This was the question posed by smart Canada and OCAD University to challenge the institution’s students. Their task and vision: to come up with a smart City: Motion, i. e. a place where the commute between home and work meets twenty-first century design demands for healthy living and intelligent travel.
Winners of the contest were announced during the OCAD urban Ecologies Conference (June 19-21), which tackled issues like “How to achieve a sustainable balance between human impact and environmental resilience” or “What ecological considerations can be applied to the design of urban environments?”
Maximillian (Max) Wessman claimed first prize with his Thought Velocity project, outlining an adaptive road infrastructure “for a city that thinks on its feet.”
Click here to view Winner Maximillian’s VeloCity SmartCity poster
Max is a student of industrial design at OCAD University. The idea behind Thought Velocity arose from his own experiences and observations of human movement in Toronto. As the city’s roads have not advanced in terms of technology for the last century or so, two key issues emerged. “First: Our road infrastructure will never be able to intelligently and efficiently manage changing volumes of vehicular traffic by remaining unimaginative and static,” and “Second: Our road infrastructure has not undergone the necessary evolution required to fully embrace promising new modes of transportation like the e-bike.”
Thought Velocity is a platform for efficient urban transportation management, leading to an adaptive infrastructure. It creates a conversation between a city’s roads and those who use them. According to Max, it consists of two stages, “using a cloud-sourcing engine to aggregate data from already available sources like vehicular and mobile GPS, local traffic, environmental conditions, and social media to assess a city’s transportation needs in real time.” Toronto would encourage people to use hashtags like #RideToday, for example, when they use their bike to go to work, thus helping the system to track cyclist volumes.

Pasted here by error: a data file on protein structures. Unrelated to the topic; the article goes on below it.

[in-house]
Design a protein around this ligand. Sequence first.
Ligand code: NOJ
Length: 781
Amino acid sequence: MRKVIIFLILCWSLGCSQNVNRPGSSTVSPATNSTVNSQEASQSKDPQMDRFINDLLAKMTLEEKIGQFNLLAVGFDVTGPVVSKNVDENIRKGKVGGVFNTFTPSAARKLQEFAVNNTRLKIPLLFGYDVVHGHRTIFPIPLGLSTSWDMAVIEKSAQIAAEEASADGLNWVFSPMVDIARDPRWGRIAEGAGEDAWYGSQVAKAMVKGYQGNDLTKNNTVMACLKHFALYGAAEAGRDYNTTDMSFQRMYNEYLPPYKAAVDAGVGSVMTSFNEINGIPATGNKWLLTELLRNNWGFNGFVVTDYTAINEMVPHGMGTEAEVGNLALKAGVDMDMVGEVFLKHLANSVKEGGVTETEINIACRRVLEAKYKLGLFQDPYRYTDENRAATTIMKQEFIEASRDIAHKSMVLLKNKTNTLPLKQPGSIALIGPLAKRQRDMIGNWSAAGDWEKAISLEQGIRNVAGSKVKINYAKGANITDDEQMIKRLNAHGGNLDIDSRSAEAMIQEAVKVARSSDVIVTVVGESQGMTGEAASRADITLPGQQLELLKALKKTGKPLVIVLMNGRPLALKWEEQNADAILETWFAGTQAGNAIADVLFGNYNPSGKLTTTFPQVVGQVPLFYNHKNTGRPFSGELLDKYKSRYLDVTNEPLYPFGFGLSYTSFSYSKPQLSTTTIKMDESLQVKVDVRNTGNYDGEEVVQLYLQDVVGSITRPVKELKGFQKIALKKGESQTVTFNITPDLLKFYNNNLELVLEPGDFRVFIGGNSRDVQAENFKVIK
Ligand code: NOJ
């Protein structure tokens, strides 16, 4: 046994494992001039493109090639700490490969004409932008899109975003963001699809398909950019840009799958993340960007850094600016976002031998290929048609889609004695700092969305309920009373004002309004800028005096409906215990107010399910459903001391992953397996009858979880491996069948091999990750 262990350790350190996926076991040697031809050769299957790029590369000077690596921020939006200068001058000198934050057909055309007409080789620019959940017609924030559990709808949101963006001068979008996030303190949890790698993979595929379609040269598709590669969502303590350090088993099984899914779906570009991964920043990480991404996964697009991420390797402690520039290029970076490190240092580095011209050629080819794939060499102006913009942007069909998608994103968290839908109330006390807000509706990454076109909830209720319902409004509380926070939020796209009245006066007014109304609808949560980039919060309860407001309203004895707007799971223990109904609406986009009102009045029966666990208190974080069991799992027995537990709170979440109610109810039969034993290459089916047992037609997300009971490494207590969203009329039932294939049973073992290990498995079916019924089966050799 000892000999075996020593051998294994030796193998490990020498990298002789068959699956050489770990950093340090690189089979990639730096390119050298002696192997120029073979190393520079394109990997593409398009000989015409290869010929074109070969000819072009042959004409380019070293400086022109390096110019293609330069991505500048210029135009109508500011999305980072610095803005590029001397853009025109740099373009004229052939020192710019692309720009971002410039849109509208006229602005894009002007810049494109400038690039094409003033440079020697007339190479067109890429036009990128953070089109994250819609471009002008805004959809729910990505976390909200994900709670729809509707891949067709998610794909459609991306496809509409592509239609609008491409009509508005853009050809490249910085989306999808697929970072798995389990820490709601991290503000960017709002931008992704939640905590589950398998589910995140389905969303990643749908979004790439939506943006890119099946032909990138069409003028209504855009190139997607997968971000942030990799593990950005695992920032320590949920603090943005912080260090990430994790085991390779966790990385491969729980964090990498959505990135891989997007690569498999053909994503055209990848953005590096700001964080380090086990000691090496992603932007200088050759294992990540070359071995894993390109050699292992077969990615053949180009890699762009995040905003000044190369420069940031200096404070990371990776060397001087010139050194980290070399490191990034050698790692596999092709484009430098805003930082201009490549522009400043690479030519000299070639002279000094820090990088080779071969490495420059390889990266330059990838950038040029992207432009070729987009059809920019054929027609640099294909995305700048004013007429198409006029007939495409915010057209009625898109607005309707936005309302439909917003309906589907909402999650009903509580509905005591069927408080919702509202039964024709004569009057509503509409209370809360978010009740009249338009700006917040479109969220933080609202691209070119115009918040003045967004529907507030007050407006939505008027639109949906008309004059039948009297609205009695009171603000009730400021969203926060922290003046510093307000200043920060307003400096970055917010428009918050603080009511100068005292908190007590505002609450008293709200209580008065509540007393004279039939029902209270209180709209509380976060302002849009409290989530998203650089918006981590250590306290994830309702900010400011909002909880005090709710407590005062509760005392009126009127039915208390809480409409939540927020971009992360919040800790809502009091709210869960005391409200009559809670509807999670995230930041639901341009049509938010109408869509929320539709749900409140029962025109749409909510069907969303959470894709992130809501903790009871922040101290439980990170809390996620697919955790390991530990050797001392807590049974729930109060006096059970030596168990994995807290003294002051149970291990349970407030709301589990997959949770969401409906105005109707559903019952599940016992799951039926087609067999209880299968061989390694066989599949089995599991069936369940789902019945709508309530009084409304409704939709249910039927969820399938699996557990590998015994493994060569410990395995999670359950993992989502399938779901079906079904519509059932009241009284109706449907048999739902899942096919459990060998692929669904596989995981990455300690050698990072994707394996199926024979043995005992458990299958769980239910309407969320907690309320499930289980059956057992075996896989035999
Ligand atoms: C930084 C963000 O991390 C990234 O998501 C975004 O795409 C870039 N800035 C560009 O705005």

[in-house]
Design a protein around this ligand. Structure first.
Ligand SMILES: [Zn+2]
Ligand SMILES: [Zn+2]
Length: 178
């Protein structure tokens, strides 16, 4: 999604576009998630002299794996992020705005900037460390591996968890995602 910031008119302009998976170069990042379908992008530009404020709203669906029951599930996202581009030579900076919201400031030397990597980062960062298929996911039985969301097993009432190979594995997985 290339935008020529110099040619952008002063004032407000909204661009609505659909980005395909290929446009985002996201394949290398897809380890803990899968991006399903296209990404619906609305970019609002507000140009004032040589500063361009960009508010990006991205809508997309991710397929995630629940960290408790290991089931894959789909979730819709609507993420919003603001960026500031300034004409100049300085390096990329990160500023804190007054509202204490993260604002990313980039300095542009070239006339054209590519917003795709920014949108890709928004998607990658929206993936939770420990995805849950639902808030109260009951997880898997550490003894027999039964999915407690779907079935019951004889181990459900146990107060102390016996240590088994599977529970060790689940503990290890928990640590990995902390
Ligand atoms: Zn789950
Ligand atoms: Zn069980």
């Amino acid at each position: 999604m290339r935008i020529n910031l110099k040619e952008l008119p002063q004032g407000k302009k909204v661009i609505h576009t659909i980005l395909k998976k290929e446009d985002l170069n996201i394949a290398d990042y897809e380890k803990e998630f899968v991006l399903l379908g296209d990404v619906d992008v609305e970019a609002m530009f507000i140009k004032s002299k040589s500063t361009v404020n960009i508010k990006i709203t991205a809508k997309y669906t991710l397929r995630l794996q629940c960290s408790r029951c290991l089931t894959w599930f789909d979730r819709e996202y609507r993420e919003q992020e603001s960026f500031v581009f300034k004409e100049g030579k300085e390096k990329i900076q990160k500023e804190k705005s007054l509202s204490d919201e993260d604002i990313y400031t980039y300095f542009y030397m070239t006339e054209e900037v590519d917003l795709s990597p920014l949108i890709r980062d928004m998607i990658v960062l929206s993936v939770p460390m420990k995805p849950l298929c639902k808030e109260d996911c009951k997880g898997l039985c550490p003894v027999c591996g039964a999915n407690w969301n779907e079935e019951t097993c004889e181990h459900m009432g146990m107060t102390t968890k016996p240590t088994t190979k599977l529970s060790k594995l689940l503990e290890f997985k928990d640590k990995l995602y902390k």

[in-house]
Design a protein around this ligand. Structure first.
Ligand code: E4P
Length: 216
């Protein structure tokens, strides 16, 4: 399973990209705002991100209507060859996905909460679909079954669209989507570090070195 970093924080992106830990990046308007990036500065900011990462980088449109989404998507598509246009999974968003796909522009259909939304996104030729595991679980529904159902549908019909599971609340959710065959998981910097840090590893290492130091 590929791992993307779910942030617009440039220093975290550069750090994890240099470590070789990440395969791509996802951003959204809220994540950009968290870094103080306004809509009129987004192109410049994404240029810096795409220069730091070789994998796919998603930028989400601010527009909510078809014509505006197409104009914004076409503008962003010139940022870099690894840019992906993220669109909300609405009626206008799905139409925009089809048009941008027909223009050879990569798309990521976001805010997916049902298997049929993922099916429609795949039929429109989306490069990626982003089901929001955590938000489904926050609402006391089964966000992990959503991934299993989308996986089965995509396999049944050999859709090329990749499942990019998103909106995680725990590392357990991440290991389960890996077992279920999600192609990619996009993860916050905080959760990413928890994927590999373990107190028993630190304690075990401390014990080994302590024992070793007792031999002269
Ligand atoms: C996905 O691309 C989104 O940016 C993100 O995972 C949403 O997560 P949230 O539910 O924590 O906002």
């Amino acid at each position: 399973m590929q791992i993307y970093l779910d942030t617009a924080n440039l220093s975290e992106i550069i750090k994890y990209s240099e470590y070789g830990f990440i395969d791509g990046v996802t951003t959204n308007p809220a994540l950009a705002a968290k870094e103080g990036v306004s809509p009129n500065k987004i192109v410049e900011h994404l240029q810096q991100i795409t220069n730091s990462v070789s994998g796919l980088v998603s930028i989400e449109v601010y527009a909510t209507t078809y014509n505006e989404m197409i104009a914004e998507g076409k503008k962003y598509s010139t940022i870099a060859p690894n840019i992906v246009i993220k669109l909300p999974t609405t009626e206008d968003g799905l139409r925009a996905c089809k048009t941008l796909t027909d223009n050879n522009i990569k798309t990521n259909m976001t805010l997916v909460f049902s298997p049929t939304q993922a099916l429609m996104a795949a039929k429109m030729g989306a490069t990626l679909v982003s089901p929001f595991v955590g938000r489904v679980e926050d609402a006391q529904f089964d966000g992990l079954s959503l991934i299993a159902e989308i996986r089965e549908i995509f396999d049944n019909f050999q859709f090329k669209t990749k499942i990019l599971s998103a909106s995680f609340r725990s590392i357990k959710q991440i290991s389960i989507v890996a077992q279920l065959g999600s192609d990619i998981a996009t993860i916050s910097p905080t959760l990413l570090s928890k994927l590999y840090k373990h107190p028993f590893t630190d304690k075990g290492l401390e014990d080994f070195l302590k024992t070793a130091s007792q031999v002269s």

But that’s not all. “The platform would then interpret the available wealth of user information to make constant real-time modifications to the road infrastructure,” adds Max. The use of new technologies like microscopic polymer beads – a color-changing procedure developed by researchers at the University of California, would facilitate the whole development.
Only a few weeks into his project, Max has not yet received official feedback from the city. But he believes that a platform like Thought Velocity will eventually be implemented. And the premise sounds intriguing – “this allows a city to transform to accommodate the ever-changing volumes of different kinds of traffic from cyclists, e-bikes, or cars. On sunny summer days, bike lanes could expand – or shrink on rainy winter nights. Roads that offer two lanes when conditions are good would only offer one during heavy snow. The possibilities of efficient adaption are endless when you give user the ability to influence a system that is able to respond.”
Text: Alexandra Schade
All images, including header image: smart Canada